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Hallmark's 2003 Greeting: More Genre Fare

As Hallmark Channel sets its sights on more original and thematic programming in 2003, as well as new business ventures, the programmer is also committed to maintaining independence on its own terms.

The family-friendly network overseen by Hallmark Cards Inc. unit Crown Media Holdings U.S. has bolstered its distribution to 49 million homes, and has grown its advertising base to 200 clients from 75 at the end of 2001.

And though its first-run content has received mixed reviews from the critics, Hallmark Channel's average weekly primetime rating ranged between a 0.5 to 0.7, up from its 0.3 to 0.4 range during its former life as Odyssey Network. (The network was rebranded and reformatted 16 months ago.)

On the downside, belt-tightening at Crown claimed the job of Hallmark president and CEO Lana Corbi. Crown Media Holdings Inc. CEO David Evans has assumed her duties.

Hallmark Channel has been engulfed in reports that it could soon be swallowed up by the likes of Viacom Inc., News Corp., AOL Time Warner Inc. or Liberty Media Corp.

Evans acknowledged that some conversations have taken place.

"We have a situation in this business where investment bankers often endeavor to drum up deals," Evans said. "Next thing you know, you get a knock on the door, or a telephone call from a banker or someone down the line with strategic development attached to their name, where they say they understand Sumner Redstone and Viacom are very interested in your company.

"We've responded to these dialogue requests, but inevitably, that dialogue has led nowhere. The discussions have all been pleasant, but have not come anywhere close to finding a strategic partnership of any sort that would work for us. And our principal shareholder doesn't want to sell."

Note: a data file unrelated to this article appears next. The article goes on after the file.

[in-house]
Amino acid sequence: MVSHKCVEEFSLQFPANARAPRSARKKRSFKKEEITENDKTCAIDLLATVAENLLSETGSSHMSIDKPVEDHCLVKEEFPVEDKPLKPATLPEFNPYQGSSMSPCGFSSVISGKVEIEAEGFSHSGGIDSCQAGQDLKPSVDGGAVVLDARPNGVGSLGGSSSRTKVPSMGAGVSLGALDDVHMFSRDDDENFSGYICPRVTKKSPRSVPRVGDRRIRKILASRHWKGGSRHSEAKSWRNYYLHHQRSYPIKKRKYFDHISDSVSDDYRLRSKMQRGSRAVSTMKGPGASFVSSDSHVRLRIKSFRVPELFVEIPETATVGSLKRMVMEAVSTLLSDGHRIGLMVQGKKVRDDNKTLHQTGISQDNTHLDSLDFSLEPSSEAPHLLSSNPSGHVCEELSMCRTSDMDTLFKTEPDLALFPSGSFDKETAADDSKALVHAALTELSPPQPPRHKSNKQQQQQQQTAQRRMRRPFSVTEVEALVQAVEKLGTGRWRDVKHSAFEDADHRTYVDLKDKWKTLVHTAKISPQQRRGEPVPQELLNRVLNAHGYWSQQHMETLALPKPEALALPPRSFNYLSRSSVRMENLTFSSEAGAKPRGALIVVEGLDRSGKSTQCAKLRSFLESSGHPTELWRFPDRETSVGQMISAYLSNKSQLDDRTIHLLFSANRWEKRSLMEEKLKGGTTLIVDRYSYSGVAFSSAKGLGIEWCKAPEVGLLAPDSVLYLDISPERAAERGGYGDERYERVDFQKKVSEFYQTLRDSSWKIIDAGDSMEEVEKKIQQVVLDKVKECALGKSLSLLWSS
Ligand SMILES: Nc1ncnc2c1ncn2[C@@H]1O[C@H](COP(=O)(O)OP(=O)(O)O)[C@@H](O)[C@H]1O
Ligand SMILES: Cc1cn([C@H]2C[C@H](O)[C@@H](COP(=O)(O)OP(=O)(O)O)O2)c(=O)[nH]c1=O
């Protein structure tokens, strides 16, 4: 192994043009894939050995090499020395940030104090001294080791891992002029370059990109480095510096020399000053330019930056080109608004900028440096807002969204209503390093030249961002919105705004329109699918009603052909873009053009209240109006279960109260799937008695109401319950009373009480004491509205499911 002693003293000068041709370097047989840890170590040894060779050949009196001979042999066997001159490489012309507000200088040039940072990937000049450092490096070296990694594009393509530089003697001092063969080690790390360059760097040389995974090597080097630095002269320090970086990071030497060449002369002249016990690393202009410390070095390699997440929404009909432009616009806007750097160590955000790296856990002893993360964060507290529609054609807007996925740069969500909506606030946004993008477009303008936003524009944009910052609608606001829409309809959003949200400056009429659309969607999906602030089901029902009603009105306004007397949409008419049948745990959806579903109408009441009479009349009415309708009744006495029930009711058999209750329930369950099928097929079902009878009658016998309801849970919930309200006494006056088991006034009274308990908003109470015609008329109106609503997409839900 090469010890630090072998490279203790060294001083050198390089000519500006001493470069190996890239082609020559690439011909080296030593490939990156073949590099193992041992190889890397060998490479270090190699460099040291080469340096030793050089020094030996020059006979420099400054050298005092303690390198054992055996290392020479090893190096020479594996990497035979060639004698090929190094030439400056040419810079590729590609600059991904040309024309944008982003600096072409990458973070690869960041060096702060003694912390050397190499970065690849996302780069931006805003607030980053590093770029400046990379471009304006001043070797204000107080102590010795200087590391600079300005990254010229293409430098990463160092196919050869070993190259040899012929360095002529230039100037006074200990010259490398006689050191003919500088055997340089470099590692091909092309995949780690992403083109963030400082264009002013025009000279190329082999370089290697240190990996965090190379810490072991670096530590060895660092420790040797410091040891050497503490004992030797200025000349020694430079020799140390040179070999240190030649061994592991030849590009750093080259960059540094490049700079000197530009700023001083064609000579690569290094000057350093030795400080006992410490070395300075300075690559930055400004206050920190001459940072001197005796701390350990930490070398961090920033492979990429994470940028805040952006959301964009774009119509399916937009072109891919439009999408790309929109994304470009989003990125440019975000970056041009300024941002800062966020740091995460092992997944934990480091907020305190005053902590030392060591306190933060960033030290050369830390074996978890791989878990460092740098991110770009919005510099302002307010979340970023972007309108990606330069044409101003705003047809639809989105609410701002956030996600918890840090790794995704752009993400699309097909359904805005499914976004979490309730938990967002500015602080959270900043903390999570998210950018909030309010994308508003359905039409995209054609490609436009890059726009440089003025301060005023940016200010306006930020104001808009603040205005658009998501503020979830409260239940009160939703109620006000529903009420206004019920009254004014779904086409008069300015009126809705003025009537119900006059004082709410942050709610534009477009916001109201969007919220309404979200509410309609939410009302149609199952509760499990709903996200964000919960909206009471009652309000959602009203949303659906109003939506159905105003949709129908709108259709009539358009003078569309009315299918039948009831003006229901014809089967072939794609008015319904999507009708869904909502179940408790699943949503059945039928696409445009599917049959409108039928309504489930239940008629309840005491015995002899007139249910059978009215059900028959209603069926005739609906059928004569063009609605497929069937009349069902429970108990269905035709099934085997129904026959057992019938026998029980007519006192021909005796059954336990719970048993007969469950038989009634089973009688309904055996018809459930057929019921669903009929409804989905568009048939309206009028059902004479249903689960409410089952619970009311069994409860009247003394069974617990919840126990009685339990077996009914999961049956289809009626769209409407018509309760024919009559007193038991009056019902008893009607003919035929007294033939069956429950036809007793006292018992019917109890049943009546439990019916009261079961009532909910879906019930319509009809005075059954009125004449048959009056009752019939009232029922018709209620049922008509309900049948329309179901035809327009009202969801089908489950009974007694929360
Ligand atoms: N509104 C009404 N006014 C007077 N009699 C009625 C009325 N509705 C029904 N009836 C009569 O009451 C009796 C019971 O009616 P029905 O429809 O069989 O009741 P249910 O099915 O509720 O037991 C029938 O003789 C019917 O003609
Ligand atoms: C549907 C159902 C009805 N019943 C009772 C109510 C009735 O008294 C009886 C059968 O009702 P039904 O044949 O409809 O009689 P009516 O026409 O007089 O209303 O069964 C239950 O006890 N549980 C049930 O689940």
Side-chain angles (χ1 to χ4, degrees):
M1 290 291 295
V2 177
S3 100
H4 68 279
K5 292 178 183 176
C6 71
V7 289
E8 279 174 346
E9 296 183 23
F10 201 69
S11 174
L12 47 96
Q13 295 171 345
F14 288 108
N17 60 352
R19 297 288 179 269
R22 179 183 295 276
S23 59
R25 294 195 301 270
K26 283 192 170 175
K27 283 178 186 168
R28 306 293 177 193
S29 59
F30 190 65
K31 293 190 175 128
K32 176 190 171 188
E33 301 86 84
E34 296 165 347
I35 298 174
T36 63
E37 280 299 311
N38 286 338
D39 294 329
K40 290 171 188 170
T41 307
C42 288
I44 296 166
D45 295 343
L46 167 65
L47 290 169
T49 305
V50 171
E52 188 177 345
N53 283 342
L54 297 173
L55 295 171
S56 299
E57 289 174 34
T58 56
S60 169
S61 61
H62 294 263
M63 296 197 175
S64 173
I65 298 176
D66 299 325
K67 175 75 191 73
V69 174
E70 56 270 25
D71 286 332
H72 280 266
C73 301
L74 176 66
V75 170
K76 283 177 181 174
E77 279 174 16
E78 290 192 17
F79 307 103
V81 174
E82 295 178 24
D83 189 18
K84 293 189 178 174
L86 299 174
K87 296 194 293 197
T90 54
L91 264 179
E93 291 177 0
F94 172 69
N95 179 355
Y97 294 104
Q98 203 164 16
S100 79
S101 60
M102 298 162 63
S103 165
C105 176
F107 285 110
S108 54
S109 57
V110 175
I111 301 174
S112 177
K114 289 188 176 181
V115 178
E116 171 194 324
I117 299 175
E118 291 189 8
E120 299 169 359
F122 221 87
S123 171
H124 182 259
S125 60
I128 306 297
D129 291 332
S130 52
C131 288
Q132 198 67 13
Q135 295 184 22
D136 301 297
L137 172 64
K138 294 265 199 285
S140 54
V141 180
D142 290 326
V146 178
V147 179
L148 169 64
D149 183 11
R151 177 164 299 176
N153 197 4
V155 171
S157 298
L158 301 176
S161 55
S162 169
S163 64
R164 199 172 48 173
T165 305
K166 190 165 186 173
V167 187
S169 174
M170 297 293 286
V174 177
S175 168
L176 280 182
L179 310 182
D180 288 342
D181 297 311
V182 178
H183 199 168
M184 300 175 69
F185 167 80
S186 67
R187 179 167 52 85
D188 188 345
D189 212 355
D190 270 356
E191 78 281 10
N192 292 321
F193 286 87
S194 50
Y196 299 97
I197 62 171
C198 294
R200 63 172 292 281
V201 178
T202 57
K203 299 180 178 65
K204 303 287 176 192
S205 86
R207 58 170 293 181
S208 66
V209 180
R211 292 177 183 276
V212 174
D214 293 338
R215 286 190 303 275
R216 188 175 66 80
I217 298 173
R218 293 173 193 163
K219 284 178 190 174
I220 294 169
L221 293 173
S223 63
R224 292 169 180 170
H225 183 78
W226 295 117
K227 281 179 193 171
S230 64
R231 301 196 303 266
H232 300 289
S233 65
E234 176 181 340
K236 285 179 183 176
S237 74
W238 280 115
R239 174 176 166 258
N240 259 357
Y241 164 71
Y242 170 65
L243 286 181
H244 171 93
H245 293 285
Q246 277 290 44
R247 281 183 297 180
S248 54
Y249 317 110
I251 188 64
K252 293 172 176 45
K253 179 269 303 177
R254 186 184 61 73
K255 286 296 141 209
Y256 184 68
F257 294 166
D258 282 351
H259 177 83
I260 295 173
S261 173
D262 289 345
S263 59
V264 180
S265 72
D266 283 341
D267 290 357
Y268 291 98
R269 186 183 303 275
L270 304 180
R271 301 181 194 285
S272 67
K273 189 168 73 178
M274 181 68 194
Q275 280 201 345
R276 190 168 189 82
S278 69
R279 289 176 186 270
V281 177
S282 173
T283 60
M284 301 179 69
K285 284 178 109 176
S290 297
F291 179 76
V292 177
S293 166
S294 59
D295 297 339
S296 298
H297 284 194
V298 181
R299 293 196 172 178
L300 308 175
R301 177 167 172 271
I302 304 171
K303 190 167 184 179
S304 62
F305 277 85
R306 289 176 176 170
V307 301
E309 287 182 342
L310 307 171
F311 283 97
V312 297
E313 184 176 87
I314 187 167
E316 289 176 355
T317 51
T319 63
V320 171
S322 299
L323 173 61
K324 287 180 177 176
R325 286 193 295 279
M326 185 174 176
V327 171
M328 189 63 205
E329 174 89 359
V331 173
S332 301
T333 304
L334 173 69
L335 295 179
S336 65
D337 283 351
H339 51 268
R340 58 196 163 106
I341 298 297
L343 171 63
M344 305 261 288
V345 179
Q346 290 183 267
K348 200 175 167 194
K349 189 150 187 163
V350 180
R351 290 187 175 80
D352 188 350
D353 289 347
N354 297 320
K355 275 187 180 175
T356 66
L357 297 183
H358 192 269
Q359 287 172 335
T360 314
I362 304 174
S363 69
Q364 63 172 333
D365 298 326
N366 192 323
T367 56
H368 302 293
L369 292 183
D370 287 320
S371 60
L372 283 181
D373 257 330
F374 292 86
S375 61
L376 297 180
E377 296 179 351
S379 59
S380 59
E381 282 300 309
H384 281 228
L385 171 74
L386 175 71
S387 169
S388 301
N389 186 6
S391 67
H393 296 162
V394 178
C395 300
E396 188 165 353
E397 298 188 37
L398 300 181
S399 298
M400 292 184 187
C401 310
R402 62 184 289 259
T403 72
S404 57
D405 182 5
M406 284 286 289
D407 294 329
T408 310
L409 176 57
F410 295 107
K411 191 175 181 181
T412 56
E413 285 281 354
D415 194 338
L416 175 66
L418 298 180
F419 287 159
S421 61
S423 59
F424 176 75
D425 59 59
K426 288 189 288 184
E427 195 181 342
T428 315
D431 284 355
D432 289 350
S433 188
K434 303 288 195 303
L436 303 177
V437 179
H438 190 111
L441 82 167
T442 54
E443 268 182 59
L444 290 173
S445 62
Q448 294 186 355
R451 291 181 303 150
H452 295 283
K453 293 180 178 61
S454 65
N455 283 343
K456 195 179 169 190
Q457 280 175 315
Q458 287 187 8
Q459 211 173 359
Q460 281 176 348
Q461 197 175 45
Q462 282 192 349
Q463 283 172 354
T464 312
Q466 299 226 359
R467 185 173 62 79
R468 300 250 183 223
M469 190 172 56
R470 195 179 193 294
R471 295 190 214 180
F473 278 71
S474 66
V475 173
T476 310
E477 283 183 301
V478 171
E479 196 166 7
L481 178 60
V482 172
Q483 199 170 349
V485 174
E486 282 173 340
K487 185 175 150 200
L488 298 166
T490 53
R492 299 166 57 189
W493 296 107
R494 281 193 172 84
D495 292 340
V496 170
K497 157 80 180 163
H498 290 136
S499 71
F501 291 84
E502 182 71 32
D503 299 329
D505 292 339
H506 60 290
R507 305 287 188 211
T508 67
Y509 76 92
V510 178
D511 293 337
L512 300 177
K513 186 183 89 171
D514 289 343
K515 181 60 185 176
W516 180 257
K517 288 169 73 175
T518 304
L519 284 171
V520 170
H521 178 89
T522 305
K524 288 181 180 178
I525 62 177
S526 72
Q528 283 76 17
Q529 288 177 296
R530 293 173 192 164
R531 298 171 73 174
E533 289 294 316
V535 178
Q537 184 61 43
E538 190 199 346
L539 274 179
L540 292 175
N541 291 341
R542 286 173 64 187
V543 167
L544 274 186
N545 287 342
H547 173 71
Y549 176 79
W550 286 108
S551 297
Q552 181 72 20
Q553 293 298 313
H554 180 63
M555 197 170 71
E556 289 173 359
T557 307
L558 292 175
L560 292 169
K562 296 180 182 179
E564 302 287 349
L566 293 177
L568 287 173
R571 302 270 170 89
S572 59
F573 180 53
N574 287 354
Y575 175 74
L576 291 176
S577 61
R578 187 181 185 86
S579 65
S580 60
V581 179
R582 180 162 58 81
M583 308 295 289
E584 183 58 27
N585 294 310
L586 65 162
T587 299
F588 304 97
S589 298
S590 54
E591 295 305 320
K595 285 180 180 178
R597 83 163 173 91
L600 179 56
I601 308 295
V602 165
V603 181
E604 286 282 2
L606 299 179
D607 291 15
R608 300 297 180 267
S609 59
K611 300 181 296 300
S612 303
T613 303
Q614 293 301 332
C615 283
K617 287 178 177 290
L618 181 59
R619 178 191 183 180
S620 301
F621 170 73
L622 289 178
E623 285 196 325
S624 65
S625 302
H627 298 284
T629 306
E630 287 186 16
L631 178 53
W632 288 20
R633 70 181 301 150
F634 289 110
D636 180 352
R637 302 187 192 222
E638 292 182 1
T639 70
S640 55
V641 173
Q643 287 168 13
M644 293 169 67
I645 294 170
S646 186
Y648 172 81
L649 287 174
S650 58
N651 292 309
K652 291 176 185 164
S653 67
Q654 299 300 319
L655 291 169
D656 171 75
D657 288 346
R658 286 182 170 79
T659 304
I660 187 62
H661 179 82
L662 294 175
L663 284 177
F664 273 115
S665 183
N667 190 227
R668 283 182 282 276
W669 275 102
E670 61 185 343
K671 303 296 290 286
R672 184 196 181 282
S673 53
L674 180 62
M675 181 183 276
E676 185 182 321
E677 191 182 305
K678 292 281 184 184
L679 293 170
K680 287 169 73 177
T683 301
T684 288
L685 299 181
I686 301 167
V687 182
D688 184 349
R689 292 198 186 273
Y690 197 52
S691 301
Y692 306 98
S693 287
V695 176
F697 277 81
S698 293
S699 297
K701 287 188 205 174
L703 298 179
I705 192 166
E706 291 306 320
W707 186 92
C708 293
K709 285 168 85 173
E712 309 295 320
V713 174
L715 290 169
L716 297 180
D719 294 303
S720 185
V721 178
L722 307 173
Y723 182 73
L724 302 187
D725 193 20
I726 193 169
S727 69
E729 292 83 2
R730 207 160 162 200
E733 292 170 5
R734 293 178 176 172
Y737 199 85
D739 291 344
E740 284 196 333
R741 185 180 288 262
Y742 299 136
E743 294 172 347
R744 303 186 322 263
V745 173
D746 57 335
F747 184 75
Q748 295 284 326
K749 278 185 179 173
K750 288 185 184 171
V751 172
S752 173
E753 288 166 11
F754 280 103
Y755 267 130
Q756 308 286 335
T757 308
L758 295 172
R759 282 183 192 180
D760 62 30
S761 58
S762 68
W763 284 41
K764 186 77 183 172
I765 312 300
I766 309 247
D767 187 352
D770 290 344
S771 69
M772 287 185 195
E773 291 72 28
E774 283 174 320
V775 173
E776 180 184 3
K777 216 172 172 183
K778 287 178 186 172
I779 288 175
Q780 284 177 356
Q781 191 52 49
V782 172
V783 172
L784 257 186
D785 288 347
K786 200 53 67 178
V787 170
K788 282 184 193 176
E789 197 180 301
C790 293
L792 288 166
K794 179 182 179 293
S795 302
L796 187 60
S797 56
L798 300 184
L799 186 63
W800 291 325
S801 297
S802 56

Hallmark Cards owns about 70 percent of Crown Media.

As an independent network, Evans said, higher overhead costs, leverage and other issues build to the point where ultimately, it may be better to be under someone else's wing.

"It's safe to say that one day — and I don't know when that might be, or what form it would take — there will be a discussion with somebody that might lead to something," he said. "You can't be a standalone forever in this environment. But that one day is a long way off, and when it occurs, [Hallmark Cards] must be enthusiastic about whatever the proposition might be."

In a statement, Hallmark Cards CEO Donald Hall Jr. called the network an important cog in his company's future strategy.

"I believe the channel plays a key role in enhancing the Hallmark brand, providing opportunities for synergies with our other businesses," Hall said.

New ventures

Hallmark Cards has set its first-ever meeting between cable operators, company officials and channel executives for Feb. 4.

At that meeting, which will explore synergies, they're expected to discuss more participation by Hallmark's 4,500 Gold Crown greeting card and stationery stores; distribution of a separate digital network, programmed by former Odyssey partner National Interfaith Cable Coalition, which still handles some daytime slots on Hallmark Channel; and participation in new digital or interactive-TV networks.

Under a pact with DirecTV Inc., Hallmark Channel is already developing a number of ITV and video-on-demand ideas. At least one concept is in conjunction with Hallmark Cards subsidiary Binney & Smith, the maker of Crayola-brand crayons. The network also wants to expand its VOD partnership with In Demand.

Separately, Hallmark Channel may create another new source of revenue by becoming a back-office outsourcing agent for new digital networks.

"I've had approaches from a number of digital rollouts who are anxious to bring us in for back-office work to reduce their overhead," Evans said.

In the meantime, the network hopes to forge a stronger brand identity in 2003 beginning with the Jan. 18 premiere of The Last Cowboy
— the first of 24 telepics produced with sister company Hallmark Entertainment — that are slated to air by the end of 2004.

Gene tentpoles